Type 2 diabetes is the most common form of diabetes—a chronic condition where your body can’t properly use energy from food. The pancreas produces insulin, a hormone, to help cells use glucose (sugar). Over time, it makes less insulin than your body needs, and your cells stop responding to insulin. This results in too much sugar buildup in your blood, which is damaging to the body and can cause serious health problems—like heart disease, stroke, vision loss, kidney disease or even death.
The Centers for Disease Control and Prevention (CDC) estimates that of the more than 34 million Americans who have diabetes, about 90-95% have type 2type 2 diabetes most often develops in people over age 45, more and more children, teens and young adults are also developing this chronic condition.
Unfortunately, no cure exists for type 2 diabetes. However, the good news is it can be prevented or delayed with healthy lifestyle changes. This even holds true for people who have prediabetes, where their blood sugar is higher than normal but not yet high enough for a diabetes diagnosis. In fact, prediabetes is common. The CDC reports more than 88 million U.S. adults have prediabetes, although more than 84% of them don’t know it
Here are steps you can start taking to prevent diabetes:
Lose extra weight and keep it off. Losing weight reduces your risk of diabetes. The American Diabetes Association reports that losing just 10–15 pounds can make a big difference. The CDC defines a small amount of weight loss to be around 5–7% of your body weight, which equals 10–14 pounds for a 200-pound person. Once you lose the weight, it’s important that you don't gain it back.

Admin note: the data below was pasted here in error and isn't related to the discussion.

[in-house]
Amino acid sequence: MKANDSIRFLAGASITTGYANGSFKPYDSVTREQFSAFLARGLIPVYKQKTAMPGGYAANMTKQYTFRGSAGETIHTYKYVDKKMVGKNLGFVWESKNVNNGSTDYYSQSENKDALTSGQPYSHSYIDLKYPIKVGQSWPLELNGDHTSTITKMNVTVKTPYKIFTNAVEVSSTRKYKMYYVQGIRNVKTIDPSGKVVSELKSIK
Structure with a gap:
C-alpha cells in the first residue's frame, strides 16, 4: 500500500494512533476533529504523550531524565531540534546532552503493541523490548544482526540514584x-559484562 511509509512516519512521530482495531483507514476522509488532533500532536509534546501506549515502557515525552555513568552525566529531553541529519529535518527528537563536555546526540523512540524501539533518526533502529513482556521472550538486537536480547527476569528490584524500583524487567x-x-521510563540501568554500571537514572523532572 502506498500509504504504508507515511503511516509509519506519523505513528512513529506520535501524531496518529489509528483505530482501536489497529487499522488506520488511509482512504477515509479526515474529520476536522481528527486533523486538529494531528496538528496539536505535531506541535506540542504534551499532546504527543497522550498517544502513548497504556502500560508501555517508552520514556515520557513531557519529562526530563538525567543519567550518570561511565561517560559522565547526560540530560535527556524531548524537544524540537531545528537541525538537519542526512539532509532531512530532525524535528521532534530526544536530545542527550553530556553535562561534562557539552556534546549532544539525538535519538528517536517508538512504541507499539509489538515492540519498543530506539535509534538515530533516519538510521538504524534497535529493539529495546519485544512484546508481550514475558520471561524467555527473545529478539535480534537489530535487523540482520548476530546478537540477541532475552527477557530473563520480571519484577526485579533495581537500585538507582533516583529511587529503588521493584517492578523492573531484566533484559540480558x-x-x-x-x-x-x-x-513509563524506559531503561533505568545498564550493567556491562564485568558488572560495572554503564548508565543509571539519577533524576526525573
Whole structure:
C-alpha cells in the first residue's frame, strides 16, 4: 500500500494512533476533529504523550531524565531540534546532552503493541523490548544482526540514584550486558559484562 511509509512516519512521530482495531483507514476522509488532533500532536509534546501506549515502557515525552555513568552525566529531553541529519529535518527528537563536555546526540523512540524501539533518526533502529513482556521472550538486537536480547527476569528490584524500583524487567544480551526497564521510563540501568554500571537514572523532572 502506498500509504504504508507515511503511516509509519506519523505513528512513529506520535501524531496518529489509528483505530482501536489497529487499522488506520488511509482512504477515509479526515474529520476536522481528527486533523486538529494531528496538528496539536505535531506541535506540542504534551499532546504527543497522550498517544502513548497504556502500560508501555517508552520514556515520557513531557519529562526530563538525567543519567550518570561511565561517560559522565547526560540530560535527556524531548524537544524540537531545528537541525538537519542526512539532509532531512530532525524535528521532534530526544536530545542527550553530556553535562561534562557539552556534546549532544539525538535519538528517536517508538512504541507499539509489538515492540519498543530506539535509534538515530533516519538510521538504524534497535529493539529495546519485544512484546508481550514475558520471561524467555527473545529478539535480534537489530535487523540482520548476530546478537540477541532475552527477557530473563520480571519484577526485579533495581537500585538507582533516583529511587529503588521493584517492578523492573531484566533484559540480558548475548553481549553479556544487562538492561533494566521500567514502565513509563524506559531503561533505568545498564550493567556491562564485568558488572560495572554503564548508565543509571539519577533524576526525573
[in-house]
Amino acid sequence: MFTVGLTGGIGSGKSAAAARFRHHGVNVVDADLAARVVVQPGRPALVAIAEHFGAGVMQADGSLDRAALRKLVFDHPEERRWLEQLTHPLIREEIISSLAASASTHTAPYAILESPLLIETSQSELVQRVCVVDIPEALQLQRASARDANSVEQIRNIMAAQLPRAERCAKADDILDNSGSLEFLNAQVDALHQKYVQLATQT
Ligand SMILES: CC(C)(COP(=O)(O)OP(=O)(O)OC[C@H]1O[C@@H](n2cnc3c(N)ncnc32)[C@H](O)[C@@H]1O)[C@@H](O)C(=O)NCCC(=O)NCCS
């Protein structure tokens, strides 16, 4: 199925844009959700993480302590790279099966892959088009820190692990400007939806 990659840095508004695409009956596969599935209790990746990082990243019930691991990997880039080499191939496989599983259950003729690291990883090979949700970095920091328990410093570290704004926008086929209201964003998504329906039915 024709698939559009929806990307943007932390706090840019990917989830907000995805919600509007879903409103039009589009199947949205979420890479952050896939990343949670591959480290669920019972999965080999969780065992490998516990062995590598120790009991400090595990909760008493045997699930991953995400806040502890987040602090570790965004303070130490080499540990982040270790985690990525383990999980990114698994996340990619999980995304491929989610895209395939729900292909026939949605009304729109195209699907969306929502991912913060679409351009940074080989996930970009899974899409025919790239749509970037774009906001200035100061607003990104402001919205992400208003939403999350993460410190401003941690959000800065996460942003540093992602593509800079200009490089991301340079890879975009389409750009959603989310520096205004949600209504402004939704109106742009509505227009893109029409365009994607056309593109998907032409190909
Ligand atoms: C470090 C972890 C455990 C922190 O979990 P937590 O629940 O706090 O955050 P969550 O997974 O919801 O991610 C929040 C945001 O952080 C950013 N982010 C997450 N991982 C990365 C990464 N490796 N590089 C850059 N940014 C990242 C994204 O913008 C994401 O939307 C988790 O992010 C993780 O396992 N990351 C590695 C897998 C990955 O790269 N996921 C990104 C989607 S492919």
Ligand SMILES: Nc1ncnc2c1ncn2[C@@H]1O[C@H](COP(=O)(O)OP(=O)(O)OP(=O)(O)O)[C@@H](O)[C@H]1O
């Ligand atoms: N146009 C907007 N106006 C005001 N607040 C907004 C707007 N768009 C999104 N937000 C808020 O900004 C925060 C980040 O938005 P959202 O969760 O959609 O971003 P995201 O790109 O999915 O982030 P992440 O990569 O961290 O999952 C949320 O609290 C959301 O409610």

Be more physically active. In addition to helping you lose weight, exercise can lower your blood sugar and boost your sensitivity to insulin, which helps keep your blood sugar within a normal range. Individuals should get at least 30 minutes of moderate to vigorous aerobic exercise (such as swimming or brisk walking) on most days for a total of at least 150 minutes a week. They should also do resistance exercises (like yoga or weightlifting) at least 2–3 times per week to increase strength and balance.
Don't smoke. Smoking can contribute to insulin resistance, which can lead to type 2 diabetes. If you already smoke, try to quit. If you've never smoked, don't start. Smokers are roughly 50% more likely to develop diabetes than nonsmokers, and heavy smokers have an even higher risk.
Eat healthy. Eating a low-fat, low-sugar diet that is rich in vegetables, fruits and whole grains is essential. Portion control is also key. Using the plate method can help you manage portion size. MyPlate—the current nutrition guide published by the USDA's Center for Nutrition Policy and Promotion—recommends filling half of your plate with fruits and vegetables; one quarter with a lean protein, and one quarter with a whole grain. All in all, preventing type 2 diabetes requires making lifelong changes in your diet that work for you. Quick “diet” fixes haven’t been proven to work long-term or to prevent type 2 diabetes.
It's never too late to start taking steps that could help you avoid the serious health complications of diabetes in the future—such as heart disease and stroke, eye disease, foot problems, gum disease, nerve problems, kidney disease, sexual and bladder problems, and skin conditions. To be sure, time is of the essence.
Did you know that Mom’s Meals offers a diabetes-friendly menu?
For individuals with prediabetes and diabetes, Mom's Meals offers diabetes-friendly menu choices that are based on standards from the American Diabetes Association. We also have registered dietitians available to answer your questions about nutrition and ingredients.